Themes and Meanings
My Amputations is a metafictional novel questioning the nature of fiction and the perception of reality. It combines bildungsroman techniques with the picaresque tradition of an episodic narrative about the travels and adventures of a rogue or criminal. My Amputations is also postmodern in its self-reflexive concern with the fictional depiction of reality. The novel experiments with characters, plot, and action by refusing to use realist or naturalistic techniques. Embedded in its surrealistic flow of disconnected episodes are references to the process of fiction, the conflict between truth and imagination, and the relation of the author to the text.
My Amputations is written in the third person by an unreliable narrator who refuses to conform to the dramatic verities of time, place, and action. Mason represents himself through his work in progress as an unreliable character whose dreams contradict the narrative presented in the main body of the text. Since readers have no idea who Mason is masquerading as, if he in fact is masquerading, readers are often bewildered. The last half of the novel confirms Mason’s growing despair at his quest for meaning and identity. Mason is self-educated and gives many lectures, yet readers know little about what he says or thinks or writes. His growing paranoia focuses on his fellowship agreement, his search for an impostor, and suspicion of the System. The abstract quality of his journey further questions the traditional linear narrative.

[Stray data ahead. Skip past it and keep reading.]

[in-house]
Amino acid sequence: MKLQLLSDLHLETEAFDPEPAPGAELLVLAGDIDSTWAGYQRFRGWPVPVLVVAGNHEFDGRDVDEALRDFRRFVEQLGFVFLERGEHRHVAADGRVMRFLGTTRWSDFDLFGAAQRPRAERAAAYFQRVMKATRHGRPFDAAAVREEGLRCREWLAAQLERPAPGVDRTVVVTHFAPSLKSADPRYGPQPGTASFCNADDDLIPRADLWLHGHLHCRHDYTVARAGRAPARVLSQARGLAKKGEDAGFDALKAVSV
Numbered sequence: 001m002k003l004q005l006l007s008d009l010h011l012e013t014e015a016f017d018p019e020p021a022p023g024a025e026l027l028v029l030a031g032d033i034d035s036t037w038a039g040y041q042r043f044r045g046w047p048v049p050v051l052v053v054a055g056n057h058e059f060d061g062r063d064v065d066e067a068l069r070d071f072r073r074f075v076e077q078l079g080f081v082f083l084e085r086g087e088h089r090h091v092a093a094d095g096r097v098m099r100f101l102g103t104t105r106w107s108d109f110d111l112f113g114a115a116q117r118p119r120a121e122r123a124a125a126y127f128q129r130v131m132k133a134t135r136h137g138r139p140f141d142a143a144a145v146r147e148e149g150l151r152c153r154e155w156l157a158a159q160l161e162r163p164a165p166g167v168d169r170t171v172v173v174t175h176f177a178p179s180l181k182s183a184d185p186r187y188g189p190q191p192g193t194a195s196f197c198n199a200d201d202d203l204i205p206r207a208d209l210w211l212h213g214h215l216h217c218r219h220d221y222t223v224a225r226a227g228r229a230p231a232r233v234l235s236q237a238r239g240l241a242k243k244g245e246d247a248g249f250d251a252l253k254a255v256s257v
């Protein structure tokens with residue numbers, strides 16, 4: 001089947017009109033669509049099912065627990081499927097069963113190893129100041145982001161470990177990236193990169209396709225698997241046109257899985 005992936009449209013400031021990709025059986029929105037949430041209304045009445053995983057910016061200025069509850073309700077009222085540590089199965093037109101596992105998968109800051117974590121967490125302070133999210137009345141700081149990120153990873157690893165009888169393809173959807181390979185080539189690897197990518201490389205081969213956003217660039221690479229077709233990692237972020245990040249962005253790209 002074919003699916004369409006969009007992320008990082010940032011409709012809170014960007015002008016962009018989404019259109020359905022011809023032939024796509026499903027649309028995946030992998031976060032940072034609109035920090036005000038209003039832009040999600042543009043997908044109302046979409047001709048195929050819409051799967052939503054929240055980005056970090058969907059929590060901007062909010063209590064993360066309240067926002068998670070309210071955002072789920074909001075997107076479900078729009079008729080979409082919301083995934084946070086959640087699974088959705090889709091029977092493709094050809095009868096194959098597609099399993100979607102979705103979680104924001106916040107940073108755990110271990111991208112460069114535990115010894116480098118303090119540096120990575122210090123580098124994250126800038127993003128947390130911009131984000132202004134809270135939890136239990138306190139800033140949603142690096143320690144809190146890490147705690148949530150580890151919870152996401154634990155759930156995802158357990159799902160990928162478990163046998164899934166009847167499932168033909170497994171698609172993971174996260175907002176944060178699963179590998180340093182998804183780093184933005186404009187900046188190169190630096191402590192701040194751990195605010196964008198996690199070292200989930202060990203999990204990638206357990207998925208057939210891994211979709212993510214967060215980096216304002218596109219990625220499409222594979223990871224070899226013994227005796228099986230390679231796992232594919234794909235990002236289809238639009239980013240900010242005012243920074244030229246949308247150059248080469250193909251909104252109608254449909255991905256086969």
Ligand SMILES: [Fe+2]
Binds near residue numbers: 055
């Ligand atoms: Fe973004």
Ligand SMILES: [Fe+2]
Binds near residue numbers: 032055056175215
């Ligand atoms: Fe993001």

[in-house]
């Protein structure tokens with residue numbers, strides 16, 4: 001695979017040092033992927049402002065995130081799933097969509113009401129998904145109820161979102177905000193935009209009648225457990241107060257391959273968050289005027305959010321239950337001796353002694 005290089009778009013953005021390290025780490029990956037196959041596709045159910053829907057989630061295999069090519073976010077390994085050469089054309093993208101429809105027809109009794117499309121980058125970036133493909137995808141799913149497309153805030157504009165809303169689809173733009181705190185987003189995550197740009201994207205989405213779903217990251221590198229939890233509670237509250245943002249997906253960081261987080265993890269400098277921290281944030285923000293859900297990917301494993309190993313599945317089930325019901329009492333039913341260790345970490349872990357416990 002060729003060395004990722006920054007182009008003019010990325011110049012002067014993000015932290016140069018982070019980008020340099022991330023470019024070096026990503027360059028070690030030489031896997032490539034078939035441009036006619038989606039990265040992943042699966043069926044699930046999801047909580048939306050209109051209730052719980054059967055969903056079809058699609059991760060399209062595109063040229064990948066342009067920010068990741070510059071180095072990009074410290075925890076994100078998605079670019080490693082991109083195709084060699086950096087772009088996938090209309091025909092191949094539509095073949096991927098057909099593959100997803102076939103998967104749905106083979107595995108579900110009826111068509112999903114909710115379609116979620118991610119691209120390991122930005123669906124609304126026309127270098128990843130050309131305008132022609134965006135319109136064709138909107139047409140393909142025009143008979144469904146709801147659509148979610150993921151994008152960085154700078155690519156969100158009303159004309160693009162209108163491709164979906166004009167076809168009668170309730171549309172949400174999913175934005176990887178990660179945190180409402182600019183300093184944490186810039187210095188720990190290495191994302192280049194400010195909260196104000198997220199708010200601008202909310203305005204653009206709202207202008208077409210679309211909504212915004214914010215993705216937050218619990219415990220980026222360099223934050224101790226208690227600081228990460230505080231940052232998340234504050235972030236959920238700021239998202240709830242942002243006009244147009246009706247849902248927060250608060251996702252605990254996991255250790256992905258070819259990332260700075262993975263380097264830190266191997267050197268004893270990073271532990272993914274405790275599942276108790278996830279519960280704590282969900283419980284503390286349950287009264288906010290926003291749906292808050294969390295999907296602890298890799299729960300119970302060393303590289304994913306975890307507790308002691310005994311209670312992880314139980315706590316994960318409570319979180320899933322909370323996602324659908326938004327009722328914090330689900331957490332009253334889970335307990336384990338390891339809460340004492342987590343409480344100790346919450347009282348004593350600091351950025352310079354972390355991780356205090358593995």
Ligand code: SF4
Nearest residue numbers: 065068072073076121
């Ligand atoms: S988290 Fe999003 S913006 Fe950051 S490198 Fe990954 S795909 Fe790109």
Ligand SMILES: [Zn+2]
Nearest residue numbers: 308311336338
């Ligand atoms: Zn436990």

The portrait that emerges is of a very troubled African American man torn in two directions. His Anglo-Saxon muse, Celt CuRoi, represents half of the equation. Within her domain fall all the references to the Euro-Americentric world of Mason’s imagination. She provided inspiration in youth, but when Mason starts his European search for African American roots, she can no longer help. Within the second half of the equation lies Mason’s identity as a black man. His picaresque adventures attempt to reconcile these two worlds and reveal his African heritage. In Europe, Mason dreams continuously of being kidnapped, tortured, and attacked. He fears that his masquerade as the Author will be exposed, and he imagines himself about to be exterminated. He believes that the foundation controls him and that everybody he meets is part of the conspiracy. He drinks too much, blacks out frequently, and lives in a hazy world of fear.
This narrative conundrum frustrates readers intentionally, bringing into question the nature of the text and questioning accepted modes of perception. Mason also disappoints readers, particularly when he sidesteps intellectual conflict. This is aggravating in the African section, when Mason is asked important questions about Black Nationalism,...
(The entire section is 663 words.)